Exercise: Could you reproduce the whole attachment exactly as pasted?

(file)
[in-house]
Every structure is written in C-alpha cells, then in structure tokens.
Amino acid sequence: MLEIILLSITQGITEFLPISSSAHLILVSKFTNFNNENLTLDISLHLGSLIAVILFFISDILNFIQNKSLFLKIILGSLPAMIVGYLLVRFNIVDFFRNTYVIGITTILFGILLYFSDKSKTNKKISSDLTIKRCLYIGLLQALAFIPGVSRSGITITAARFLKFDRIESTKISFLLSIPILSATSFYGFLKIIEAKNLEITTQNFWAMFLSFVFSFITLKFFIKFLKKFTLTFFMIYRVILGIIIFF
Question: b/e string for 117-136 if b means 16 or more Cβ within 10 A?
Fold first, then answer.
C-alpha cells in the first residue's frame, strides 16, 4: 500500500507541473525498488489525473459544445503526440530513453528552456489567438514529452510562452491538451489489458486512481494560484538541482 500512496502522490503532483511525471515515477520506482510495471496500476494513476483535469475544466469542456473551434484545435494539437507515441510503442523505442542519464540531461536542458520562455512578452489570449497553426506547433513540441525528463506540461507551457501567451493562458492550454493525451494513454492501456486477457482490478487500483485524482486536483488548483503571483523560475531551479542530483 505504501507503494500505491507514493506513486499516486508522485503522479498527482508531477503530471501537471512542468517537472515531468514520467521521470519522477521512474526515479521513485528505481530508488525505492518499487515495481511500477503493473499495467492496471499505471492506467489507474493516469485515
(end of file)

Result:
[in-house]
Every structure is written in C-alpha cells, then in structure tokens.
Amino acid sequence: MLEIILLSITQGITEFLPISSSAHLILVSKFTNFNNENLTLDISLHLGSLIAVILFFISDILNFIQNKSLFLKIILGSLPAMIVGYLLVRFNIVDFFRNTYVIGITTILFGILLYFSDKSKTNKKISSDLTIKRCLYIGLLQALAFIPGVSRSGITITAARFLKFDRIESTKISFLLSIPILSATSFYGFLKIIEAKNLEITTQNFWAMFLSFVFSFITLKFFIKFLKKFTLTFFMIYRVILGIIIFF
Question: b/e string for 117-136 if b means 16 or more Cβ within 10 A?
Fold first, then answer.
C-alpha cells in the first residue's frame, strides 16, 4: 500500500507541473525498488489525473459544445503526440530513453528552456489567438514529452510562452491538451489489458486512481494560484538541482 500512496502522490503532483511525471515515477520506482510495471496500476494513476483535469475544466469542456473551434484545435494539437507515441510503442523505442542519464540531461536542458520562455512578452489570449497553426506547433513540441525528463506540461507551457501567451493562458492550454493525451494513454492501456486477457482490478487500483485524482486536483488548483503571483523560475531551479542530483 505504501507503494500505491507514493506513486499516486508522485503522479498527482508531477503530471501537471512542468517537472515531468514520467521521470519522477521512474526515479521513485528505481530508488525505492518499487515495481511500477503493473499495467492496471499505471492506467489507474493516469485515